If Gov. Jared Polis wanted more oil and gas drilling and less regulation, he would pick an industry insider to oversee production.
To mock regulation, he would choose a ranking oil and gas executive to direct the Colorado Oil and Gas Conservation Commission. He might as well appoint the owner of marijuana businesses to oversee pot. How ridiculous.
To regulate oil and gas, Polis went the other direction. He appointed Jeff Robbins in March as director of the regulatory commission. Robbins, a lawyer, represented cities and counties in lawsuits intended to impose more regulations on oil and gas. He is a professional watchdog of energy, not an industry champion.
Just as the state has reason to police oil and gas, it has an interest in regulating medical and recreational pot. The state governs everything from hair salons to cigarettes, alcohol, fireworks, cars, and a variety of other services and goods.
When it comes to marijuana, state regulation should be state of the art. It has everything to do the public welfare and survival of the industry.
When the Obama administration explained its limited tolerance for state legalization, then-Deputy Attorney General James Cole made clear the federal expectation. Legalization states, he wrote, must protect the public from distribution to minors, sales by “criminal enterprises” and “cartels,” transportation into neighboring states, “drugged driving,” cultivation on “public lands,” and more.
Seven years into legalization, Colorado has problems with all of the above. The state needs someone with a serious law enforcement background to oversee the industry.
“The Department’s guidance in this memorandum rests on its expectation that states and local governments…will implement strong and effective regulatory and enforcement systems…” said the Obama administration. “This memorandum does not alter in any way the Department’s authority to enforce federal law…regardless of state law.”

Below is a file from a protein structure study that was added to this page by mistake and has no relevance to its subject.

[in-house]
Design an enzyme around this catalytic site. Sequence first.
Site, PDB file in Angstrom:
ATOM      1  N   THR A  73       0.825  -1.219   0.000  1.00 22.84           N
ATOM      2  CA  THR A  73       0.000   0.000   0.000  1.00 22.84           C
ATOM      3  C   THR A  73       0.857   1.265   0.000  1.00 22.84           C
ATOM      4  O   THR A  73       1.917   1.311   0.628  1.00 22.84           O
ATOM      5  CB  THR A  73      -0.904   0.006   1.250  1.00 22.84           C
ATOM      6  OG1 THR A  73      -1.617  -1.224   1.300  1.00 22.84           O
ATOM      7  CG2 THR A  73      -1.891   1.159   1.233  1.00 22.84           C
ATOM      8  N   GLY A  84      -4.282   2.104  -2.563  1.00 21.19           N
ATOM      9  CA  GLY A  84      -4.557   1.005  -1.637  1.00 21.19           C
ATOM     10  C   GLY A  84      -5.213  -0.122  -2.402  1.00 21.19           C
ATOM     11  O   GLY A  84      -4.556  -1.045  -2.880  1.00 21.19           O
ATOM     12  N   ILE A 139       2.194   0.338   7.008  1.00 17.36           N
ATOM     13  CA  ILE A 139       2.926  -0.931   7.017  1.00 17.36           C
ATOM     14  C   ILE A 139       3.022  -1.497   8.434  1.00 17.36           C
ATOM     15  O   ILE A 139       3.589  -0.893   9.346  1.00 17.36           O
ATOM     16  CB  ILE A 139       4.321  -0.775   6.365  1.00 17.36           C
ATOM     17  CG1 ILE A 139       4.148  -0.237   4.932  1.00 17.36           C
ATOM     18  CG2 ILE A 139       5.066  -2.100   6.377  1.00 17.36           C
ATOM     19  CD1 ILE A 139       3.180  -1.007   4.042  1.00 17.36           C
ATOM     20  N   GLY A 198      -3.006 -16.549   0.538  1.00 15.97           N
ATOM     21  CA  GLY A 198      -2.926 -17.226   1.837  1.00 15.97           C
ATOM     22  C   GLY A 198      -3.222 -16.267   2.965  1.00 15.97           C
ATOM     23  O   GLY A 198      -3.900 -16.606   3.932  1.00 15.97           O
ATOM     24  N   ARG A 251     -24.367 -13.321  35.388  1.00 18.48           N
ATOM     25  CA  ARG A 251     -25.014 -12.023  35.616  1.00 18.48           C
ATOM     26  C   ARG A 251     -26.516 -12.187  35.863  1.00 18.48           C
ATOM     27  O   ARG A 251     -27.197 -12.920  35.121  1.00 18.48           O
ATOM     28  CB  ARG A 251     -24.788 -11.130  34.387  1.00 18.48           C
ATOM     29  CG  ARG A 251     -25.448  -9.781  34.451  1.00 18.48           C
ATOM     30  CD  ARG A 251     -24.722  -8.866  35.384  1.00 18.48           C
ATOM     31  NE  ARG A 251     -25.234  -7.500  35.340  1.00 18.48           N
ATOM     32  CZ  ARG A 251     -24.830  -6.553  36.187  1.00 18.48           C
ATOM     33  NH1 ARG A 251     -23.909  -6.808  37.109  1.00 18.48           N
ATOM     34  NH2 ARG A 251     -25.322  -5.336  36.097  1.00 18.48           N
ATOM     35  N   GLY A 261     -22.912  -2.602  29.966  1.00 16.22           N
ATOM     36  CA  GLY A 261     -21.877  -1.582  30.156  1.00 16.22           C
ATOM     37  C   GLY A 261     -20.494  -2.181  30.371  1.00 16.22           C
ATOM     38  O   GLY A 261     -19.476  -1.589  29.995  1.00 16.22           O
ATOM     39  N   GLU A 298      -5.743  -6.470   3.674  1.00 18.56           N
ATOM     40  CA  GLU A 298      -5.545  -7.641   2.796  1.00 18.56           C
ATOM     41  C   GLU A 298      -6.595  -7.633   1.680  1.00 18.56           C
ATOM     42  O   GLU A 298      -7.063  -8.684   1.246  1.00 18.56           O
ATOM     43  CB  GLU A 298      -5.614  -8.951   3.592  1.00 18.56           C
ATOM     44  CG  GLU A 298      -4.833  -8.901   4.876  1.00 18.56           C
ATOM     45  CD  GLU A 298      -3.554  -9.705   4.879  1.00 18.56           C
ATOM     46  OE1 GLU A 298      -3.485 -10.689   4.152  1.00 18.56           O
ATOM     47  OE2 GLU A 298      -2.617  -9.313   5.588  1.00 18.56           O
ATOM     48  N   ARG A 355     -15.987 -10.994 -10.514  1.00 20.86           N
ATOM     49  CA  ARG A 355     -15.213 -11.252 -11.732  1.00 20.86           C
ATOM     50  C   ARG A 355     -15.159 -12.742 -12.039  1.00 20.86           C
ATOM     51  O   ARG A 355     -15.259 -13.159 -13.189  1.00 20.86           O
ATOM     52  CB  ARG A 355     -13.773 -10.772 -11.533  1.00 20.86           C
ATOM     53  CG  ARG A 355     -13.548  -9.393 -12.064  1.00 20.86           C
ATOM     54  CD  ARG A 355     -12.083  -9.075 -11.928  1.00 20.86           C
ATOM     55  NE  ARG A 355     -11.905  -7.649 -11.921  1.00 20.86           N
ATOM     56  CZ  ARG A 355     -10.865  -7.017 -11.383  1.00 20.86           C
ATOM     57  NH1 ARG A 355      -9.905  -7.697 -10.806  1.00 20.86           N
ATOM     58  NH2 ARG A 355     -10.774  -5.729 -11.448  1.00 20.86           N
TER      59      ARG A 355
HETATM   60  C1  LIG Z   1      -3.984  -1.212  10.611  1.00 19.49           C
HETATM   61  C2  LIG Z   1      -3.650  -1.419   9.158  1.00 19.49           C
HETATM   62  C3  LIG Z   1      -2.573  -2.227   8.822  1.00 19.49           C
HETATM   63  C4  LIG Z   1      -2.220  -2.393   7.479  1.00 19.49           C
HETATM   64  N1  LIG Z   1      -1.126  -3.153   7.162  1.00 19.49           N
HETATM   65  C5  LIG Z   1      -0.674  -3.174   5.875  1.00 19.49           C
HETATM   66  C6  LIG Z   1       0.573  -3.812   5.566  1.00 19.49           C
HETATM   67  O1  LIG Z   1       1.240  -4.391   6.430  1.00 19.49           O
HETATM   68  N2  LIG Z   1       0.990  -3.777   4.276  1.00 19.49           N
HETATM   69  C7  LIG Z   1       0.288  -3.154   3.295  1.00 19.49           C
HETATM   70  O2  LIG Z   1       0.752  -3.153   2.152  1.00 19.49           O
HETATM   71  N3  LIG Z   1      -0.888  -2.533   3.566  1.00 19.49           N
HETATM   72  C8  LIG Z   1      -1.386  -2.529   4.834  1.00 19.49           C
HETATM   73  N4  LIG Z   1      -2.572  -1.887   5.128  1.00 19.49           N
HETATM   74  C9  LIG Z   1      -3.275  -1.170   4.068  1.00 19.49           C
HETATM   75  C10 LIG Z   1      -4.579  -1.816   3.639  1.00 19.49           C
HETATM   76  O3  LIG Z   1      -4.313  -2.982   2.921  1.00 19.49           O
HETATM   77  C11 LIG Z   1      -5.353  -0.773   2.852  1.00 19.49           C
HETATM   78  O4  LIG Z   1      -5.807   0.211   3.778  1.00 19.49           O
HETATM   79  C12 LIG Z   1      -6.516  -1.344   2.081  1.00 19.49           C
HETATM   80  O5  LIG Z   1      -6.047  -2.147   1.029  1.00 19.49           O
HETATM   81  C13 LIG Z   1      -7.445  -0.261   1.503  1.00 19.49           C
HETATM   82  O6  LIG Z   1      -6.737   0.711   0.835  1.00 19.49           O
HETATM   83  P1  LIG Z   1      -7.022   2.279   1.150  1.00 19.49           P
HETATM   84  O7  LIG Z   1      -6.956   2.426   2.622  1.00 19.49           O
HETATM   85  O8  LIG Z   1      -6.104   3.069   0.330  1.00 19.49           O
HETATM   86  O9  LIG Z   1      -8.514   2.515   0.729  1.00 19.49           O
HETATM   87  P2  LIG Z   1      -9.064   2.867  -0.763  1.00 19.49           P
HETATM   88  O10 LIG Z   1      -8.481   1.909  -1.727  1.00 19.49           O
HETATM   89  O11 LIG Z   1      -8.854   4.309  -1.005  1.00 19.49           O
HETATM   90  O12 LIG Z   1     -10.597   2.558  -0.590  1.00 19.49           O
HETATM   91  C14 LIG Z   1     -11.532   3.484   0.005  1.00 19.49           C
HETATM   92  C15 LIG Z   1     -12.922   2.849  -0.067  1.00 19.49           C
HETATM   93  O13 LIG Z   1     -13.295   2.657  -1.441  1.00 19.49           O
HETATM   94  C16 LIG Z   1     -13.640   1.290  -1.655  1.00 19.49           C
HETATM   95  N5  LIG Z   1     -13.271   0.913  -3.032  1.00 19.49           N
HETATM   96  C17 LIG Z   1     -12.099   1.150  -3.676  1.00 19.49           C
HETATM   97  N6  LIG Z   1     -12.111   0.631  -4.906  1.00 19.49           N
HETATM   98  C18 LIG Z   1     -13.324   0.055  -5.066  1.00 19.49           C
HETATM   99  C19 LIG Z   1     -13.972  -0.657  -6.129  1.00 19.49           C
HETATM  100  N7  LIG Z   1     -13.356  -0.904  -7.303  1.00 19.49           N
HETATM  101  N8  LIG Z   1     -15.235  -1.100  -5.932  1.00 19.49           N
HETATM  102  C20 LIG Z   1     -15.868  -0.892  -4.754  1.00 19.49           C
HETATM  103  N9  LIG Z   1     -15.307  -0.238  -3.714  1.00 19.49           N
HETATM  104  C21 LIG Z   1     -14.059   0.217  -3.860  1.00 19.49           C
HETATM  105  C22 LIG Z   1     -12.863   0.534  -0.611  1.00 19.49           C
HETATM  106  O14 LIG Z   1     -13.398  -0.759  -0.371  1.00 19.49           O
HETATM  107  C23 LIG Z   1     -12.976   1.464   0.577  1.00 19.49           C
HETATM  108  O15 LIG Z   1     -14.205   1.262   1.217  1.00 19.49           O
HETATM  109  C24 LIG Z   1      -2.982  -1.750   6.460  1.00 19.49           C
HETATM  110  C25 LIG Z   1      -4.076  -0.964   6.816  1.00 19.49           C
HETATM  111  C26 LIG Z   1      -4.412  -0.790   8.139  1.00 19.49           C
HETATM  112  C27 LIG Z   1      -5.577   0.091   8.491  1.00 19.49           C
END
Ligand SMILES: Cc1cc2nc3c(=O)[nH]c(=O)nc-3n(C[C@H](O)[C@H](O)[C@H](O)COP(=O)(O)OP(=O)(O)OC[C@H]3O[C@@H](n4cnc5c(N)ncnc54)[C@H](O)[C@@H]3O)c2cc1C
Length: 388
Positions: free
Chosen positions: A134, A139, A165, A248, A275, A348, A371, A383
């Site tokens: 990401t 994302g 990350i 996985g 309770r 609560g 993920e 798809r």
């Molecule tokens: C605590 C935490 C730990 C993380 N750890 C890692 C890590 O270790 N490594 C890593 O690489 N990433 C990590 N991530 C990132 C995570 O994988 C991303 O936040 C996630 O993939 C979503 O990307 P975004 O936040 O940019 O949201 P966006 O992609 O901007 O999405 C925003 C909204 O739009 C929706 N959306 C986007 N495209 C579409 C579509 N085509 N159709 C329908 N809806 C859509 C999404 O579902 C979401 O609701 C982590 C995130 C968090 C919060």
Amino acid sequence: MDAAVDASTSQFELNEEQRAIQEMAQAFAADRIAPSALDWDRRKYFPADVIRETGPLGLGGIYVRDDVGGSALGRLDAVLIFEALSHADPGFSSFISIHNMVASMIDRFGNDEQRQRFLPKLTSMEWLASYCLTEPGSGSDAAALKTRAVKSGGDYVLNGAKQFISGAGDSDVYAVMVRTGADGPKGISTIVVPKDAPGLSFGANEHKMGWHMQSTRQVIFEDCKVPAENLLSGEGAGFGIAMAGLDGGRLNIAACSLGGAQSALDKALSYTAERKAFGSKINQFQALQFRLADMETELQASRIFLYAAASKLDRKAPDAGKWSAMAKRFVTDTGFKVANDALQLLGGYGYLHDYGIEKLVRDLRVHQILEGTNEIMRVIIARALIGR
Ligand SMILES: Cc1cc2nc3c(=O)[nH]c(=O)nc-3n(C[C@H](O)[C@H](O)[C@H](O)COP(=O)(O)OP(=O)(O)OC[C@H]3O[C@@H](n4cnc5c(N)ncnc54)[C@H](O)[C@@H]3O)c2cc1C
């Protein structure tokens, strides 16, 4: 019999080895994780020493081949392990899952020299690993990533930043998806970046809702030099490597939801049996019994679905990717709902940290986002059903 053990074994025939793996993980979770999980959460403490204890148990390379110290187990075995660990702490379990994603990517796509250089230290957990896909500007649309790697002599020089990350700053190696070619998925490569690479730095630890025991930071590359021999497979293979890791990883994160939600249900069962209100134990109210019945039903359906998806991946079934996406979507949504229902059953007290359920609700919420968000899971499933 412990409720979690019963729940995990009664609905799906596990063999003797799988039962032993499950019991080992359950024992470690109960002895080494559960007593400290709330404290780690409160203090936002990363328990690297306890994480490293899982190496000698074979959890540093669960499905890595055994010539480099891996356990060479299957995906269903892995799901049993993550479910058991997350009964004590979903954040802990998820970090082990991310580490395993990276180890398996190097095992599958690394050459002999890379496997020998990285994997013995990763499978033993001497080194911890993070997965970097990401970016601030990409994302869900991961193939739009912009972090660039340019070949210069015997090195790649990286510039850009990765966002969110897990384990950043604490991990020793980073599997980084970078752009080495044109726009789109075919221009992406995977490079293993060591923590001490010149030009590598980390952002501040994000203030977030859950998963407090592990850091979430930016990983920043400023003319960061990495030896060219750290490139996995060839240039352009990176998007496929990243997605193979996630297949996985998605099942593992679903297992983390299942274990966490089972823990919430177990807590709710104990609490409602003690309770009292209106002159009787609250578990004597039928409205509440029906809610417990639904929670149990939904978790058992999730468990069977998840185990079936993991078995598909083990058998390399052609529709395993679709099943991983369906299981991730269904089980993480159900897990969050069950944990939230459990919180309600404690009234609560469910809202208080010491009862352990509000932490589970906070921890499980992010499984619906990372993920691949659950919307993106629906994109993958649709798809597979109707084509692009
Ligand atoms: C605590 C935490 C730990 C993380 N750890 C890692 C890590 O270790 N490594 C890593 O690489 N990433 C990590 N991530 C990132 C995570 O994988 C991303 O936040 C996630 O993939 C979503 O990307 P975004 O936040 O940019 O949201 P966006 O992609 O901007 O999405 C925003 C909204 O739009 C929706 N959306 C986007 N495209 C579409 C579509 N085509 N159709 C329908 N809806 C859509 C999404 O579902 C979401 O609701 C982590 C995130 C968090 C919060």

President Donald Trump has also expressed an expectation of states protecting the public’s health and welfare from potential marijuana hazards.
Colorado voters approved “personal use and regulation of marijuana (emphasis ours)” in 2012 for adults 21 and older. Then-Colorado Gov. John Hickenlooper appointed a succession of three advisers to help the state create and implement regulations. None came from the industry. Dominique Mendiola, last in the position, had served as deputy director of the state’s Marijuana Enforcement Division.
Polis named the fourth pot adviser last week. Don't expect the man he chose to advocate more regulation of the marijuana industry.
Ean Seeb, the state’s new Special Adviser on Cannabis, comes straight from the pot industry. A Polis advocate during the campaign, Seeb is a longtime advocate of delivering pot like pizza, deregulating investments into Big Marijuana and allowing on-site cannabis tasking rooms.
Seeb takes office after selling marijuana for more than a decade. He is the former co-owner of Denver Relief dispensary and Denver Relief Consulting. He told The Denver Post 2011 he regularly used marijuana, then described his "state of mind" as "all over the place, craziness."
Seeb is two-time chair of the National Cannabis Industry Association, which advocates for more pot sales. Seeb will serve as a walking conflict of interest. It's like the Marlboro Man monitoring cigarette sales.
The bizarre appointment came Friday, on the day Douglas County District Court Judge Theresa Slade sentenced Francisco Alexi Sanchez to eight years for driving under the influence of pot and killing 24-year-old Amada Hill.
“Another innocent life was snuffed out by someone who picked getting high on marijuana over his responsibility as a driver,” said George Brauchler, the district attorney of Douglas County.
“Another” is right. Data compiled before the five-year anniversary of Amendment 64 showed a doubling in the number of pot-impaired drivers involved in fatal crashes since 2012. A 2018 study by the National Transportation Safety Board found an overall 5.2 percent increase in crash rates in legalization states.
Colorado fails to meet any reasonable definition of the “strong and effective regulatory and enforcement systems” demanded by Obama.
Dave Condit, deputy forest and grassland supervisor for the Pike-San Isabel Forest and Cimarron-Comanche National Grasslands, told The Gazette last year his jurisdiction’s entire budget could not cover the costs of removing foreign drug cartels invading the public lands he oversees.
An investigation by Education News Colorado and the I-News Network found drug violations in Colorado’s K-12 schools increased 45 percent in the first four years of legalization, and an increase of 71 percent in high schools alone.
The National Survey on Drug Use and Health ranked Colorado first in the country for marijuana use among teens, scoring the state far above the national average.
Teachers, law enforcement, parents, doctors and drug counselors consistently attest to increases in pot-related problems since the dawn of legalization.
We have a regulatory failure in Colorado that flouts expectations of federal officials and the wording of Amendment 64. Polis should have done the public a favor. He should have appointed a watchdog to advise him on pot. Instead, we got a salesman from the industry and the association that promotes it. How ridiculous.